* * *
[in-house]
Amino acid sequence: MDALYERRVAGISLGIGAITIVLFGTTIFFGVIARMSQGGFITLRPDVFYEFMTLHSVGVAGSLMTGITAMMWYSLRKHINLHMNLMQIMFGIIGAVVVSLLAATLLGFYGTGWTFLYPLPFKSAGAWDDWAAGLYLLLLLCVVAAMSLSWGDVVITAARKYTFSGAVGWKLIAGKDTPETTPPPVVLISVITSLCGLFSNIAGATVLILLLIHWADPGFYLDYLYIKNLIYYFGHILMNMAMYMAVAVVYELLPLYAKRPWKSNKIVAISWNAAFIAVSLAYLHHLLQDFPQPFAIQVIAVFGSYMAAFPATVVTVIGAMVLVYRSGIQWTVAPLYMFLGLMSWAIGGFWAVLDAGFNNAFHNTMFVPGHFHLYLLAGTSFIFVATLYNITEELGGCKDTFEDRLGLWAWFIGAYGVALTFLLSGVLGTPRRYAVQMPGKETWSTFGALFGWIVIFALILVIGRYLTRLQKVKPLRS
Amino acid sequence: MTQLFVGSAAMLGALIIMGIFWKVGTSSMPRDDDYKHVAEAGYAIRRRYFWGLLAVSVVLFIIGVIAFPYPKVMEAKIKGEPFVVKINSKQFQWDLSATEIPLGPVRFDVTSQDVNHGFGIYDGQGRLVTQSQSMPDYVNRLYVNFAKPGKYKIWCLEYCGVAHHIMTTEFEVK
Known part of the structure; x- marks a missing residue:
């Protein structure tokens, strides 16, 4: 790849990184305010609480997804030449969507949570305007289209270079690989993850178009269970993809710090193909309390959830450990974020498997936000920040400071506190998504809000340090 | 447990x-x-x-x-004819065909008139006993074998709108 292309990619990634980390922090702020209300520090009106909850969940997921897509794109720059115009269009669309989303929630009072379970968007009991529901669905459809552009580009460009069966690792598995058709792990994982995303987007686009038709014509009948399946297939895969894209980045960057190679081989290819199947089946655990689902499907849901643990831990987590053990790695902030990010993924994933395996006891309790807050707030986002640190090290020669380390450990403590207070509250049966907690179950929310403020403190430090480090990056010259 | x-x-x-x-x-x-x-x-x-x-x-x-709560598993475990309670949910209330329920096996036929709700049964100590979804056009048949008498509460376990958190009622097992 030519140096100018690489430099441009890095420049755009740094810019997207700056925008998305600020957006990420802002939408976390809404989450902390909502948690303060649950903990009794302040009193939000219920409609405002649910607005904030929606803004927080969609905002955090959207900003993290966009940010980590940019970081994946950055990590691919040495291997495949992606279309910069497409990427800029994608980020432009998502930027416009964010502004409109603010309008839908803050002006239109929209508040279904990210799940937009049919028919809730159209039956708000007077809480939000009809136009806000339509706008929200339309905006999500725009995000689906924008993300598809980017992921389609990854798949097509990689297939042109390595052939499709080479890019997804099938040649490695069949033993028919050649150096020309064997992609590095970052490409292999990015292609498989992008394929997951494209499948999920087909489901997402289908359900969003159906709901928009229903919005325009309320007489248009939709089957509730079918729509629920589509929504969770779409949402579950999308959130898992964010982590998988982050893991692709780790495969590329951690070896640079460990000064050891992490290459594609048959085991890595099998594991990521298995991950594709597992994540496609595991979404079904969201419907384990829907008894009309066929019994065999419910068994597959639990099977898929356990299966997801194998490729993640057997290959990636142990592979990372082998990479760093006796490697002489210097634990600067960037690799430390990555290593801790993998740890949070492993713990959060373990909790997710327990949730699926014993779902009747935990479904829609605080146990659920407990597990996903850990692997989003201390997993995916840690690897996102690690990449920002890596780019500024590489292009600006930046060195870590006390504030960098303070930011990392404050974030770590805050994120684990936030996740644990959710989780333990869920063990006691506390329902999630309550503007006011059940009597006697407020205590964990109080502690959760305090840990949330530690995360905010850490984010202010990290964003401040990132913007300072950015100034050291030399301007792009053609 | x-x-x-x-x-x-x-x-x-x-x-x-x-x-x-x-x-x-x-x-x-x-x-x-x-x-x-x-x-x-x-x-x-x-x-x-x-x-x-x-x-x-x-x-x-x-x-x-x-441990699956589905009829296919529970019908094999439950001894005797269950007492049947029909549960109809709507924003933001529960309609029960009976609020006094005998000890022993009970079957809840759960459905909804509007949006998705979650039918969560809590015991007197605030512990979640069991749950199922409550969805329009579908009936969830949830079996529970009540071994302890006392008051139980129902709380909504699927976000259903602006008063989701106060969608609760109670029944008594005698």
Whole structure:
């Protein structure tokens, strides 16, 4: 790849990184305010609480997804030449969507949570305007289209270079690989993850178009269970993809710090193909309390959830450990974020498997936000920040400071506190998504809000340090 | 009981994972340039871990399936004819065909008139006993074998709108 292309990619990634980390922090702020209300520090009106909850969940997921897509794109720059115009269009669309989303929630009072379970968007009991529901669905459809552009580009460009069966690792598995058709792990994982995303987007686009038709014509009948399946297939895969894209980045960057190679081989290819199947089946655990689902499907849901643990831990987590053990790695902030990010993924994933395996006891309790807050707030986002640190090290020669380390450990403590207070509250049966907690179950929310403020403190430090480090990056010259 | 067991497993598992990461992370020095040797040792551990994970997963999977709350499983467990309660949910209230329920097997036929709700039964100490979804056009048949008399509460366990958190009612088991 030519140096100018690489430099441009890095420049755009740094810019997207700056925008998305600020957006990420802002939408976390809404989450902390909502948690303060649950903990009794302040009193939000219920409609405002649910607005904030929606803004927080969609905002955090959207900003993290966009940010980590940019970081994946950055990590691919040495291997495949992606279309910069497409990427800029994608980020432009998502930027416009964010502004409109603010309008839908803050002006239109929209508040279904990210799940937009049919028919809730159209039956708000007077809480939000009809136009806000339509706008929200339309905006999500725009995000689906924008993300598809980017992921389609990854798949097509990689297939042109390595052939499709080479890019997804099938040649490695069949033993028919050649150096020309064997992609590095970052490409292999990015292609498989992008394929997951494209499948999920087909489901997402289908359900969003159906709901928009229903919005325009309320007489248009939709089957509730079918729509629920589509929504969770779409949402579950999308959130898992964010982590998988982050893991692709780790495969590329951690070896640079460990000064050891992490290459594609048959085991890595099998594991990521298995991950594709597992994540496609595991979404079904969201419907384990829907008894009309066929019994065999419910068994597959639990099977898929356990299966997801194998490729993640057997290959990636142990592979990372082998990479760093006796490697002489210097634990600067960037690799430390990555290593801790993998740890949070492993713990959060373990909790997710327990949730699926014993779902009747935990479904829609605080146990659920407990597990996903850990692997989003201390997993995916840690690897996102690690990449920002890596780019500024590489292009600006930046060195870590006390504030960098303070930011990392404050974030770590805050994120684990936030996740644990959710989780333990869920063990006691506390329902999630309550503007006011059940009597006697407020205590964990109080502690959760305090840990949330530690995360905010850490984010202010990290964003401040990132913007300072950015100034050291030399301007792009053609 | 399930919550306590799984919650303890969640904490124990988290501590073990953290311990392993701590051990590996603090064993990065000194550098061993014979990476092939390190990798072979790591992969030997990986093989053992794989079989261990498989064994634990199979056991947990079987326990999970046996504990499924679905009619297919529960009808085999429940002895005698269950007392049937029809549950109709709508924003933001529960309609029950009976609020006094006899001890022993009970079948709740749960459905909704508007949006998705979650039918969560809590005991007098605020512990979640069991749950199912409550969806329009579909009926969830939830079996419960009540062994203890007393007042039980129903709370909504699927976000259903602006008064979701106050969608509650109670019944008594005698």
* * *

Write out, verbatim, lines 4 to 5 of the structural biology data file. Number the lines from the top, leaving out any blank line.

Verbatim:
Known part of the structure; x- marks a missing residue:
């Protein structure tokens, strides 16, 4: 790849990184305010609480997804030449969507949570305007289209270079690989993850178009269970993809710090193909309390959830450990974020498997936000920040400071506190998504809000340090 | 447990x-x-x-x-004819065909008139006993074998709108 292309990619990634980390922090702020209300520090009106909850969940997921897509794109720059115009269009669309989303929630009072379970968007009991529901669905459809552009580009460009069966690792598995058709792990994982995303987007686009038709014509009948399946297939895969894209980045960057190679081989290819199947089946655990689902499907849901643990831990987590053990790695902030990010993924994933395996006891309790807050707030986002640190090290020669380390450990403590207070509250049966907690179950929310403020403190430090480090990056010259 | x-x-x-x-x-x-x-x-x-x-x-x-709560598993475990309670949910209330329920096996036929709700049964100590979804056009048949008498509460376990958190009622097992 030519140096100018690489430099441009890095420049755009740094810019997207700056925008998305600020957006990420802002939408976390809404989450902390909502948690303060649950903990009794302040009193939000219920409609405002649910607005904030929606803004927080969609905002955090959207900003993290966009940010980590940019970081994946950055990590691919040495291997495949992606279309910069497409990427800029994608980020432009998502930027416009964010502004409109603010309008839908803050002006239109929209508040279904990210799940937009049919028919809730159209039956708000007077809480939000009809136009806000339509706008929200339309905006999500725009995000689906924008993300598809980017992921389609990854798949097509990689297939042109390595052939499709080479890019997804099938040649490695069949033993028919050649150096020309064997992609590095970052490409292999990015292609498989992008394929997951494209499948999920087909489901997402289908359900969003159906709901928009229903919005325009309320007489248009939709089957509730079918729509629920589509929504969770779409949402579950999308959130898992964010982590998988982050893991692709780790495969590329951690070896640079460990000064050891992490290459594609048959085991890595099998594991990521298995991950594709597992994540496609595991979404079904969201419907384990829907008894009309066929019994065999419910068994597959639990099977898929356990299966997801194998490729993640057997290959990636142990592979990372082998990479760093006796490697002489210097634990600067960037690799430390990555290593801790993998740890949070492993713990959060373990909790997710327990949730699926014993779902009747935990479904829609605080146990659920407990597990996903850990692997989003201390997993995916840690690897996102690690990449920002890596780019500024590489292009600006930046060195870590006390504030960098303070930011990392404050974030770590805050994120684990936030996740644990959710989780333990869920063990006691506390329902999630309550503007006011059940009597006697407020205590964990109080502690959760305090840990949330530690995360905010850490984010202010990290964003401040990132913007300072950015100034050291030399301007792009053609 | x-x-x-x-x-x-x-x-x-x-x-x-x-x-x-x-x-x-x-x-x-x-x-x-x-x-x-x-x-x-x-x-x-x-x-x-x-x-x-x-x-x-x-x-x-x-x-x-x-441990699956589905009829296919529970019908094999439950001894005797269950007492049947029909549960109809709507924003933001529960309609029960009976609020006094005998000890022993009970079957809840759960459905909804509007949006998705979650039918969560809590015991007197605030512990979640069991749950199922409550969805329009579908009936969830949830079996529970009540071994302890006392008051139980129902709380909504699927976000259903602006008063989701106060969608609760109670029944008594005698």